Curiosities on display at Helena Museum
By LAURA BROOKHART / Community Columnist
Outside the Helena Museum, you may have noticed a restored and refurbished coal cart waiting to be mounted nearby.
Ken Penhale and Brian Wallis came upon the cart frame and parts at the site of the Eureka No. 4 mine entry during excavation prior to the high school
The wooden and metal cart has been restored using mostly original parts. Bob Yule, an antique restorer who also rebuilds boilers for steam locomotives, gave the coal cart new life, re-fabricating only a few pieces.
Penhale is closer to completing the downstairs display area that is includes areas containing vintage railroad photos including scenes from the local train crash of 1940. The museum has acquired several railroad tools — an 1880 bridge jack, a spike hammer and a long-spouted oil can used to oil the big wheels on the steam locomotives.
Also on display is a railroad jack, for construction or repairs and a series of large wrenches including switch wrenches and those used on bridge trestles.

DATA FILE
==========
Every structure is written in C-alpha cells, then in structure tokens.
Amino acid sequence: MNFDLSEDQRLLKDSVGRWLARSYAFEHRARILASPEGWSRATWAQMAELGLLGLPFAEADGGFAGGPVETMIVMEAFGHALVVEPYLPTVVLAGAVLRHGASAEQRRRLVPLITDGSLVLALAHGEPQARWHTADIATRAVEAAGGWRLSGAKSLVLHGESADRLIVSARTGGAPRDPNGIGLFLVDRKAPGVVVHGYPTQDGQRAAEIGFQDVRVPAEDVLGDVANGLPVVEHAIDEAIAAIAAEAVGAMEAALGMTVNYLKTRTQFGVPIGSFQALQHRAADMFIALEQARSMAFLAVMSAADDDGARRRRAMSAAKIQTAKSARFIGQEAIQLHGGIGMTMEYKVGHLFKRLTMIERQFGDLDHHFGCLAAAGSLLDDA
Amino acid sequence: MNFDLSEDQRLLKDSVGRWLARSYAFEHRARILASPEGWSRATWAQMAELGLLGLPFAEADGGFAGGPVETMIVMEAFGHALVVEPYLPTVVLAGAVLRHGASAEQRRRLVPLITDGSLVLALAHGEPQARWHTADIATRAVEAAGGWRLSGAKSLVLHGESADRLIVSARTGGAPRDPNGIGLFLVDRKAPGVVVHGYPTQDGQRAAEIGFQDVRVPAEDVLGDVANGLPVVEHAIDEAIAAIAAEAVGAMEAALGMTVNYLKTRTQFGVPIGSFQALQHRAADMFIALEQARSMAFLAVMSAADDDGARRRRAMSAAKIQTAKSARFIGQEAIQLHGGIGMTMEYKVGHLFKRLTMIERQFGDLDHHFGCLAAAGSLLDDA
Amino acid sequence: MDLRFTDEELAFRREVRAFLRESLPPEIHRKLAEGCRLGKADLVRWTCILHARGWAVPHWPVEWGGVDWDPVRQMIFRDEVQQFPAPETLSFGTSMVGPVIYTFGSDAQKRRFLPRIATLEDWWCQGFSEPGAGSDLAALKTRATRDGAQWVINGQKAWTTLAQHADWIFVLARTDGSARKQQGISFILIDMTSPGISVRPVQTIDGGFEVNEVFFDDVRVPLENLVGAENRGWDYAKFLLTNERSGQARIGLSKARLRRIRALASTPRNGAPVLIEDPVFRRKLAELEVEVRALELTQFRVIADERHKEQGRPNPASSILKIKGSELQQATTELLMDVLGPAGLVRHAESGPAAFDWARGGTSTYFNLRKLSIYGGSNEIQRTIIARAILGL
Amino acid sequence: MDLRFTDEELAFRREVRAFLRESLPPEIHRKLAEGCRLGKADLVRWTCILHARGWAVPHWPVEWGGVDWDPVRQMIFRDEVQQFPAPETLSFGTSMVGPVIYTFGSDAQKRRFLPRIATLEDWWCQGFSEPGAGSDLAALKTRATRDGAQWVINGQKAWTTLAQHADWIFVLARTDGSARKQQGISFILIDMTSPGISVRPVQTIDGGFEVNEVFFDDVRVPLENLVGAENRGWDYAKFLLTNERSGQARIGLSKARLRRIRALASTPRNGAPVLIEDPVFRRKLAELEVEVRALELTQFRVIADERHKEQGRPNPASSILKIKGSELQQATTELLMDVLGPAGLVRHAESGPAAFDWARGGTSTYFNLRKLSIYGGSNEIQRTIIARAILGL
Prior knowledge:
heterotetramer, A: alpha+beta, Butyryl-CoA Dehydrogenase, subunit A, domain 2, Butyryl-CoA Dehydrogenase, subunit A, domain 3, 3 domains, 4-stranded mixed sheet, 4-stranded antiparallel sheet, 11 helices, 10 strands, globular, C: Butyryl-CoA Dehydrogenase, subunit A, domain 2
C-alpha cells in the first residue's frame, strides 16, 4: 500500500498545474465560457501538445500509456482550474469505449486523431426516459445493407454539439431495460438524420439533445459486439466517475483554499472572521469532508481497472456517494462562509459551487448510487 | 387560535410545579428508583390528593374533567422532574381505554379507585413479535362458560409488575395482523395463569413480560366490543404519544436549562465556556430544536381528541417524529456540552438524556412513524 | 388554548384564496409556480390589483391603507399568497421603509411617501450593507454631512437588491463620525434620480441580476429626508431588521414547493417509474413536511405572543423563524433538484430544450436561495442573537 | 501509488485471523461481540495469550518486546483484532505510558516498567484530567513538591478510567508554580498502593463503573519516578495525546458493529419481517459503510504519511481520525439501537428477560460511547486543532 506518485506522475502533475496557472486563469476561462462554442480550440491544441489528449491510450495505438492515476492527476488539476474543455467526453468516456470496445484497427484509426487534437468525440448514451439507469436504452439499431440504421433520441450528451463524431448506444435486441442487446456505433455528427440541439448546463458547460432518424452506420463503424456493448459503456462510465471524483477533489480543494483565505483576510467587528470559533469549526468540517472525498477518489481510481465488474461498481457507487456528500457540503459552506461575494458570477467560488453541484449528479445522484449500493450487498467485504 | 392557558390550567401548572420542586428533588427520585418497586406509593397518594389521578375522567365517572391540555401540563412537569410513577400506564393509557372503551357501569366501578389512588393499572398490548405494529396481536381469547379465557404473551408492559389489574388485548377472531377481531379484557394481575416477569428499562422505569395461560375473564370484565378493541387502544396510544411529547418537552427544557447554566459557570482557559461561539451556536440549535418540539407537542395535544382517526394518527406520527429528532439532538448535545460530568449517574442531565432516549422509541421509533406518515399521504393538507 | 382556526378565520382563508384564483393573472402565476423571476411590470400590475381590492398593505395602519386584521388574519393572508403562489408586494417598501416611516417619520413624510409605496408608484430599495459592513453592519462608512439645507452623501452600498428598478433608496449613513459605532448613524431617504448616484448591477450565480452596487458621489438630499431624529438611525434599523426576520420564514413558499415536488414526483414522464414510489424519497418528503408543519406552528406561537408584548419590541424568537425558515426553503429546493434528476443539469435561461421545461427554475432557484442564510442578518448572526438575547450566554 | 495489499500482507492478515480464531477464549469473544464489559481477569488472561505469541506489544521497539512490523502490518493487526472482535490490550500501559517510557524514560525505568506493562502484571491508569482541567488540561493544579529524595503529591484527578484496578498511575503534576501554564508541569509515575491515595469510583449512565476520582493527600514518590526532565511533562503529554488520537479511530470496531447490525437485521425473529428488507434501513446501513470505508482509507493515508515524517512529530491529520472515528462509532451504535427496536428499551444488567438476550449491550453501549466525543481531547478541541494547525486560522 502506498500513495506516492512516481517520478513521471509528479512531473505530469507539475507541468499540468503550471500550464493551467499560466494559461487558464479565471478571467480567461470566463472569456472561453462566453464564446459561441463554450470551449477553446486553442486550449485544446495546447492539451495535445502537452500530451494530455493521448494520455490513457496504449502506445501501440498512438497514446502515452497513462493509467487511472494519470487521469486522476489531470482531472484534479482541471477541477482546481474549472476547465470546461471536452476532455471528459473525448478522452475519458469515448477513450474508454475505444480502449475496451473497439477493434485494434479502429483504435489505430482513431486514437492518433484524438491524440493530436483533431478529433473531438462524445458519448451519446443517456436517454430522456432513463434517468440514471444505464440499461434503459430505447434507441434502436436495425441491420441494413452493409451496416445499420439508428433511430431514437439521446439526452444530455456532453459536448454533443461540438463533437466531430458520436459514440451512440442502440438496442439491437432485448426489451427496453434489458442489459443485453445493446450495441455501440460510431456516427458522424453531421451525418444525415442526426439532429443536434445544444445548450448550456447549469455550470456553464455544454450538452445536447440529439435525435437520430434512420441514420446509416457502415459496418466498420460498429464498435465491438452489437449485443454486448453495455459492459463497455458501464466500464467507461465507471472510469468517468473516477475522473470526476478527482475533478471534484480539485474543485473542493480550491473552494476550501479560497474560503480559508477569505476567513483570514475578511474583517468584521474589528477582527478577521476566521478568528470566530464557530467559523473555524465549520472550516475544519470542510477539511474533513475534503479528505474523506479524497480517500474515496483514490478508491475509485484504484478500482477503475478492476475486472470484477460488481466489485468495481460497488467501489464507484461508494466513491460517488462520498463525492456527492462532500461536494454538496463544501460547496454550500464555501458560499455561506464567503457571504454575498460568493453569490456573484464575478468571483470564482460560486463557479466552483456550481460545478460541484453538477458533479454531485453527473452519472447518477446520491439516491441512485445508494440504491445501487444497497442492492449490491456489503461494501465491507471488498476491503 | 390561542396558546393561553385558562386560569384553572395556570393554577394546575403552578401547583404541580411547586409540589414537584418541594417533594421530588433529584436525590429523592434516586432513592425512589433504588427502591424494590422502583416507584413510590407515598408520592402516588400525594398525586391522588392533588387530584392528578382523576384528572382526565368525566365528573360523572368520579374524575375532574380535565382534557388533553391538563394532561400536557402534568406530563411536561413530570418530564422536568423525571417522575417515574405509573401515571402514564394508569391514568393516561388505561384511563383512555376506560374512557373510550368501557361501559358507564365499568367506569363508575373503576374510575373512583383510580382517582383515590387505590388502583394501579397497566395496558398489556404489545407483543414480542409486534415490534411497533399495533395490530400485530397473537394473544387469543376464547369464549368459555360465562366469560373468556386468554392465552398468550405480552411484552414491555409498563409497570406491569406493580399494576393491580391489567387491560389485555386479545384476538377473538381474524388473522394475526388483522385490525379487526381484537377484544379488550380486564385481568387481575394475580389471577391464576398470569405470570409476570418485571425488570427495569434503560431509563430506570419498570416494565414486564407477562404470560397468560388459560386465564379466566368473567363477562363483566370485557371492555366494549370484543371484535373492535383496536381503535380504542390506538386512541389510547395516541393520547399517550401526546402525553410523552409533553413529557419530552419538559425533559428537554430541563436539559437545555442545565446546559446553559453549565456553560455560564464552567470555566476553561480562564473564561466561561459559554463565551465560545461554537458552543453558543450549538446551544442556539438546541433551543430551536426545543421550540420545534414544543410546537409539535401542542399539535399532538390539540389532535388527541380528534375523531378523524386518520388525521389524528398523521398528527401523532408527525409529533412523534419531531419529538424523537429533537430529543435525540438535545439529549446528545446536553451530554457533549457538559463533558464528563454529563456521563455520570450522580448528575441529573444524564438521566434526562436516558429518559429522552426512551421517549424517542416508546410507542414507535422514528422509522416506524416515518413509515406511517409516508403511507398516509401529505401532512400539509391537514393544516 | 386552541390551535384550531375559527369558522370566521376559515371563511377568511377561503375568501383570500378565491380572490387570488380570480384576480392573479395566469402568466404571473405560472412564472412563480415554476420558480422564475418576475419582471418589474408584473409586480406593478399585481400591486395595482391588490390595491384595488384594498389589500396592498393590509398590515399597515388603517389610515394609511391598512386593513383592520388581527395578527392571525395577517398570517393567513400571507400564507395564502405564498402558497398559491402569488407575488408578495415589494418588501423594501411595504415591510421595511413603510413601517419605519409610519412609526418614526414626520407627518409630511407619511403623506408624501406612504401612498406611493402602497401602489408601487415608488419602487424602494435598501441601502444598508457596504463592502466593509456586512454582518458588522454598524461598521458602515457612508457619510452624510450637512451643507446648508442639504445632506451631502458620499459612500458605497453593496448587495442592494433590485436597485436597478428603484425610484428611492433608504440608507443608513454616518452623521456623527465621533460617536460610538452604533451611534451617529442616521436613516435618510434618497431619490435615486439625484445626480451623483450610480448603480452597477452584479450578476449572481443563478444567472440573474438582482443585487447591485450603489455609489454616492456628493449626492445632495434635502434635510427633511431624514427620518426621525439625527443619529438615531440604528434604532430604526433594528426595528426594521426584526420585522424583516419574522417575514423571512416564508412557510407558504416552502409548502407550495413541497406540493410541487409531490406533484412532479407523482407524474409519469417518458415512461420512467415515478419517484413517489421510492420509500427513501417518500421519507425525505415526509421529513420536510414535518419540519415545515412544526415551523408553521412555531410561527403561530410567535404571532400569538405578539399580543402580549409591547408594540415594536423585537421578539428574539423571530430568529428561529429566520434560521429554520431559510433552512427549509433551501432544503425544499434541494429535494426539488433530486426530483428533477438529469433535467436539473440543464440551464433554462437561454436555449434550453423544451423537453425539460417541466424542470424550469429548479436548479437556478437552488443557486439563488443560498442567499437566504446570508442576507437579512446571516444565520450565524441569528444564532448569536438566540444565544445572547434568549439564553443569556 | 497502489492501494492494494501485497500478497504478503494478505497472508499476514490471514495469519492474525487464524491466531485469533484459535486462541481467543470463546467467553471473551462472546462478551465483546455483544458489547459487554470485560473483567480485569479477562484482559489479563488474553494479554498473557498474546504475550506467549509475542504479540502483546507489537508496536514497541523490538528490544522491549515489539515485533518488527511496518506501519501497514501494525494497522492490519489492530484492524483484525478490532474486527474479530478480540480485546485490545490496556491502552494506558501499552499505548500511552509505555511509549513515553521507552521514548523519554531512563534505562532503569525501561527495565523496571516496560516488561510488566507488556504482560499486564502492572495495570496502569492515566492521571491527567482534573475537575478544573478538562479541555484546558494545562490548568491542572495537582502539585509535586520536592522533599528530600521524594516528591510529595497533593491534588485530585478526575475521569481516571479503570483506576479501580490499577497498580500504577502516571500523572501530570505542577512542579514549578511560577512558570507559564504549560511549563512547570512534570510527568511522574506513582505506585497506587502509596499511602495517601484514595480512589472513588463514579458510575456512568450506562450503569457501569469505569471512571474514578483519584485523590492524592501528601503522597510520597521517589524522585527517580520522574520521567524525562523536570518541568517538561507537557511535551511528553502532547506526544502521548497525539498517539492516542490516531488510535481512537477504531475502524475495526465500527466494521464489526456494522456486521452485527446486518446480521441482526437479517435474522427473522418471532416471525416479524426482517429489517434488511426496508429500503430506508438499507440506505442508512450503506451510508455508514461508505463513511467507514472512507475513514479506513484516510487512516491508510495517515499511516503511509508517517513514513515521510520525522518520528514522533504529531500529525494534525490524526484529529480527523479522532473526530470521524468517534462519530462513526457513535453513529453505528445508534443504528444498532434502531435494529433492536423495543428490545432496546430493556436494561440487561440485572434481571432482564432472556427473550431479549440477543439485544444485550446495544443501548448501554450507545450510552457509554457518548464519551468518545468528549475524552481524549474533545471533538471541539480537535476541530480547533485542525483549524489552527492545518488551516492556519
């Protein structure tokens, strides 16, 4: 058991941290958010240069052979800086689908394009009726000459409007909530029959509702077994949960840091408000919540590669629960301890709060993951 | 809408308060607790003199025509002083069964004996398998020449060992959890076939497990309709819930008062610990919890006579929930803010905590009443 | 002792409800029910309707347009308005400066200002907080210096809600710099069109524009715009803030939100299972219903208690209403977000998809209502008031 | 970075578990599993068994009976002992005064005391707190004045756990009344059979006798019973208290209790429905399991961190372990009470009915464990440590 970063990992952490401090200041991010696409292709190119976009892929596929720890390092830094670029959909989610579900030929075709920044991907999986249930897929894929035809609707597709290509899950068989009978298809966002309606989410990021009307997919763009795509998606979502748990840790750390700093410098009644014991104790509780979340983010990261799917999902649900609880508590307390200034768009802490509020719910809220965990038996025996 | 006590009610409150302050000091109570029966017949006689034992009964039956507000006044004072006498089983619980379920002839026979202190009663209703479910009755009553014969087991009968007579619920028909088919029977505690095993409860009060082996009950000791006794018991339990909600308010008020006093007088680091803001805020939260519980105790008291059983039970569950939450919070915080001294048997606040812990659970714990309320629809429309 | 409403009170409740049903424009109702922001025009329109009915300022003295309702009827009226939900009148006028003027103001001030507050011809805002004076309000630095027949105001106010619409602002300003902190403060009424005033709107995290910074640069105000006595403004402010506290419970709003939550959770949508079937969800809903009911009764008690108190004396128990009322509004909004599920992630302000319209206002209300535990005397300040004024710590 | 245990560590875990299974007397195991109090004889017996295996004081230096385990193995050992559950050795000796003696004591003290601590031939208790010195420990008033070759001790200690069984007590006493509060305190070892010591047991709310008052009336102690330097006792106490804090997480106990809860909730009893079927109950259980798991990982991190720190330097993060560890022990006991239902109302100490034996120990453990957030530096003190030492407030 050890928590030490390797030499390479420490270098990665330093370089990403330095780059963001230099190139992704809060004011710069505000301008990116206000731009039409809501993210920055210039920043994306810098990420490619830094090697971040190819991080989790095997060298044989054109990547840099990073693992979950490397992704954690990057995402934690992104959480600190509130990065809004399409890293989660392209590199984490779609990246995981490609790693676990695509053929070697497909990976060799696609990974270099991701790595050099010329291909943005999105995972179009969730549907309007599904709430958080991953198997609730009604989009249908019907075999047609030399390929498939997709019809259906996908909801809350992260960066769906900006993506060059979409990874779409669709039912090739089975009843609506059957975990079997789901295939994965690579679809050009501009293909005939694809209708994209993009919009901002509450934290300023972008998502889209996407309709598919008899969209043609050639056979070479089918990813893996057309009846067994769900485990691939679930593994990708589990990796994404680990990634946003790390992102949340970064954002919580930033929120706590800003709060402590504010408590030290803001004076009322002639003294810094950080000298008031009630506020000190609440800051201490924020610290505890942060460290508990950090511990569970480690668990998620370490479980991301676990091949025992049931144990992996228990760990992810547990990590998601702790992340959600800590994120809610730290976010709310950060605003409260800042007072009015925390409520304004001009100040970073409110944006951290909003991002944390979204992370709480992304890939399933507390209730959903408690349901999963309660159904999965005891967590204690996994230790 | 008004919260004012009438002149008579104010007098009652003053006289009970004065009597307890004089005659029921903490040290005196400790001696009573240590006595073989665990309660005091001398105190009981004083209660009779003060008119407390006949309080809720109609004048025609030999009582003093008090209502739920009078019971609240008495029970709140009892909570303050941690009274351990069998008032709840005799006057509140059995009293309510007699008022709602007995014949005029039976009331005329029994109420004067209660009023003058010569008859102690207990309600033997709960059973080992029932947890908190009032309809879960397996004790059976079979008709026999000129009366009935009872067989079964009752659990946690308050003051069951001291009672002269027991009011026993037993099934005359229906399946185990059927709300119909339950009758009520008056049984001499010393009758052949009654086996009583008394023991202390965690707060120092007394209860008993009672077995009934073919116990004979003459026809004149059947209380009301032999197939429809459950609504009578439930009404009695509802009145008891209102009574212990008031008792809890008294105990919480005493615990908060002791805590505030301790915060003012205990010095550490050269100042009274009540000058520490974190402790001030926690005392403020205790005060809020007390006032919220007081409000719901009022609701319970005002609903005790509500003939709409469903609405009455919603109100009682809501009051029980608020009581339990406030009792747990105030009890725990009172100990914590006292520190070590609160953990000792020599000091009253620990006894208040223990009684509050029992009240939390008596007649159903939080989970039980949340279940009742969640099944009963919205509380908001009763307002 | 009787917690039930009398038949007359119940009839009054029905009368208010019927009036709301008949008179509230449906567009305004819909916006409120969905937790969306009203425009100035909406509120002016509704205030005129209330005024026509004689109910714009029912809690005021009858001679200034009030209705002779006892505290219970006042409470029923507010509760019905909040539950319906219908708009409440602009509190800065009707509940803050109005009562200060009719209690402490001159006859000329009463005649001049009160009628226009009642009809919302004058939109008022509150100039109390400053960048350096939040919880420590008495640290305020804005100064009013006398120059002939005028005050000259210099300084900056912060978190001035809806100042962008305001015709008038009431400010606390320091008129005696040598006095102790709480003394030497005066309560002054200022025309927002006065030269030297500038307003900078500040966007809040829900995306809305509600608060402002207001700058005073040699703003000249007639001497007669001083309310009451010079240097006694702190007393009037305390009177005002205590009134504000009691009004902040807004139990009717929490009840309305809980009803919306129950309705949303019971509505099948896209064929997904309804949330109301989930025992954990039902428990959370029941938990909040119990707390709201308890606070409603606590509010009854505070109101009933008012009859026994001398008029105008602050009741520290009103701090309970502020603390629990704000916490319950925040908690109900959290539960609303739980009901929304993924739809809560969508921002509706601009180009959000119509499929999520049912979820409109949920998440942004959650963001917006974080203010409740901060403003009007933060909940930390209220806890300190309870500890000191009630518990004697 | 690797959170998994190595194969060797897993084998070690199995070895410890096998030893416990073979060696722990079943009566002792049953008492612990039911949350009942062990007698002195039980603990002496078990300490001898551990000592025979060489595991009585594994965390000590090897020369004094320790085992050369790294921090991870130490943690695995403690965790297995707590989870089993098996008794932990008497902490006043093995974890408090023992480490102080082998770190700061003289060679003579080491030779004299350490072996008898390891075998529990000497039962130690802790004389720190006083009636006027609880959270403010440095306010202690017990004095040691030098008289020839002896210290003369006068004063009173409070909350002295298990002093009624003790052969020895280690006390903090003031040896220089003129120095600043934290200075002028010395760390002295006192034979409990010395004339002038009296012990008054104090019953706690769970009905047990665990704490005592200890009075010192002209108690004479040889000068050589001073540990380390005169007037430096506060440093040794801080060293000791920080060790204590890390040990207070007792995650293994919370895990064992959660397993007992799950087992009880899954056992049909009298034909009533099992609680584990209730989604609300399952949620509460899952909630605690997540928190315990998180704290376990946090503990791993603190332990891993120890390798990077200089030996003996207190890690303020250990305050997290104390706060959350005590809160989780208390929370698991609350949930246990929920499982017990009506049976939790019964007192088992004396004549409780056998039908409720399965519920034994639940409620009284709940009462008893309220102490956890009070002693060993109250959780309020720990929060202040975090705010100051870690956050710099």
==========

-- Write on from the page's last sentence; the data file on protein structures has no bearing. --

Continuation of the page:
Some were dug up where Helena’s original depot once stood. L&N switch lights from Ken’s personal collection will also be on view.
The downstairs floor of the facility still awaits refinishing, which will permit new showcases for artifacts to be placed.
Penhale will also mount an old crank telephone plus a couple of insulators alongside an old photo of the original Telephone Exchange building.
Military history and local veterans photos are hung on the back wall, and the central corridor contains historical photos taken after the tornado of 1933. The museum has acquired a letter that during the tornado was blown seven miles away and afterwards returned to the addressee.
Mining memorabilia and a rake from the Rolling Mill coke ovens adorn one wall and opposite is an old photo of a mine cart in use at Eureka #4 that looks very similar to the rebuilt one.
A 1918 document proclaiming Claude Penhale Fire Boss and signed by Ken’s grandfather, C. I. Hinds, is now framed and hung.
A thank you to Barbara Hyche, who has recently beautified the flowerbed at the museum. She has planted several daylilies including one appropriately named “Forever in Time.”
Laura Brookhart is a community columnist for the city of Helena and can be reached at email@example.com.
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